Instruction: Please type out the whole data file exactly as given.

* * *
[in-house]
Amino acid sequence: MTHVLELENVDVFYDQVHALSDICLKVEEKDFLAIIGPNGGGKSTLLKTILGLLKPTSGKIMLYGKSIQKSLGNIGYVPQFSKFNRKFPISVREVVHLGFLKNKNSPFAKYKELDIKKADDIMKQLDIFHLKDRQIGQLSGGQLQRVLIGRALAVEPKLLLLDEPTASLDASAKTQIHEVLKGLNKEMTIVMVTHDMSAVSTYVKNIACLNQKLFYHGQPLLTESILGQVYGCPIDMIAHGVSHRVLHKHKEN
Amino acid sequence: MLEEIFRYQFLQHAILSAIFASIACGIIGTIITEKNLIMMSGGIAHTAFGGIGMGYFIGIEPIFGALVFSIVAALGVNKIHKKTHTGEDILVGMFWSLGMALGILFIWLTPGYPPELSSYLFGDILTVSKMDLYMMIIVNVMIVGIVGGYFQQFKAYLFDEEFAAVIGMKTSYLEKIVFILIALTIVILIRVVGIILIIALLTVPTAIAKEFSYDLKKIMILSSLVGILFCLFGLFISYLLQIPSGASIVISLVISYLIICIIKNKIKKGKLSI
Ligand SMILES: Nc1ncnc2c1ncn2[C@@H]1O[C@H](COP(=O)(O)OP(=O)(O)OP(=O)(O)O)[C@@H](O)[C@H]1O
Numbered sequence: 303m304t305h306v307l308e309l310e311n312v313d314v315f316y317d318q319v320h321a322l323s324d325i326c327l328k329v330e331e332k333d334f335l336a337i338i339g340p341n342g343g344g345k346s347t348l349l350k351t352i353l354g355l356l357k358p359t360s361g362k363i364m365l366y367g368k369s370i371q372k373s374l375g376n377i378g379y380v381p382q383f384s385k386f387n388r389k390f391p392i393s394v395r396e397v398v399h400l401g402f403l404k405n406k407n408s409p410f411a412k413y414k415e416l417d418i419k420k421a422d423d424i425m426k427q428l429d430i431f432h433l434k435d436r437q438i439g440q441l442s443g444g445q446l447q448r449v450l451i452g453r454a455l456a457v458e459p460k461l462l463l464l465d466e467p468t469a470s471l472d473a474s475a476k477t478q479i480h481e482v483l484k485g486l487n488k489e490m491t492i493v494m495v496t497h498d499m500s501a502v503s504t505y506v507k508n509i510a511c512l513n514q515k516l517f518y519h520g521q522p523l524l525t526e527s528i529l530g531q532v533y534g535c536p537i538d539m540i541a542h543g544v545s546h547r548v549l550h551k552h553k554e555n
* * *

[in-house]
Amino acid sequence: MTHVLELENVDVFYDQVHALSDICLKVEEKDFLAIIGPNGGGKSTLLKTILGLLKPTSGKIMLYGKSIQKSLGNIGYVPQFSKFNRKFPISVREVVHLGFLKNKNSPFAKYKELDIKKADDIMKQLDIFHLKDRQIGQLSGGQLQRVLIGRALAVEPKLLLLDEPTASLDASAKTQIHEVLKGLNKEMTIVMVTHDMSAVSTYVKNIACLNQKLFYHGQPLLTESILGQVYGCPIDMIAHGVSHRVLHKHKEN
Amino acid sequence: MLEEIFRYQFLQHAILSAIFASIACGIIGTIITEKNLIMMSGGIAHTAFGGIGMGYFIGIEPIFGALVFSIVAALGVNKIHKKTHTGEDILVGMFWSLGMALGILFIWLTPGYPPELSSYLFGDILTVSKMDLYMMIIVNVMIVGIVGGYFQQFKAYLFDEEFAAVIGMKTSYLEKIVFILIALTIVILIRVVGIILIIALLTVPTAIAKEFSYDLKKIMILSSLVGILFCLFGLFISYLLQIPSGASIVISLVISYLIICIIKNKIKKGKLSI
Ligand SMILES: Nc1ncnc2c1ncn2[C@@H]1O[C@H](COP(=O)(O)OP(=O)(O)OP(=O)(O)O)[C@@H](O)[C@H]1O
Numbered sequence: 303m304t305h306v307l308e309l310e311n312v313d314v315f316y317d318q319v320h321a322l323s324d325i326c327l328k329v330e331e332k333d334f335l336a337i338i339g340p341n342g343g344g345k346s347t348l349l350k351t352i353l354g355l356l357k358p359t360s361g362k363i364m365l366y367g368k369s370i371q372k373s374l375g376n377i378g379y380v381p382q383f384s385k386f387n388r389k390f391p392i393s394v395r396e397v398v399h400l401g402f403l404k405n406k407n408s409p410f411a412k413y414k415e416l417d418i419k420k421a422d423d424i425m426k427q428l429d430i431f432h433l434k435d436r437q438i439g440q441l442s443g444g445q446l447q448r449v450l451i452g453r454a455l456a457v458e459p460k461l462l463l464l465d466e467p468t469a470s471l472d473a474s475a476k477t478q479i480h481e482v483l484k485g486l487n488k489e490m491t492i493v494m495v496t497h498d499m500s501a502v503s504t505y506v507k508n509i510a511c512l513n514q515k516l517f518y519h520g521q522p523l524l525t526e527s528i529l530g531q532v533y534g535c536p537i538d539m540i541a542h543g544v545s546h547r548v549l550h551k552h553k554e555n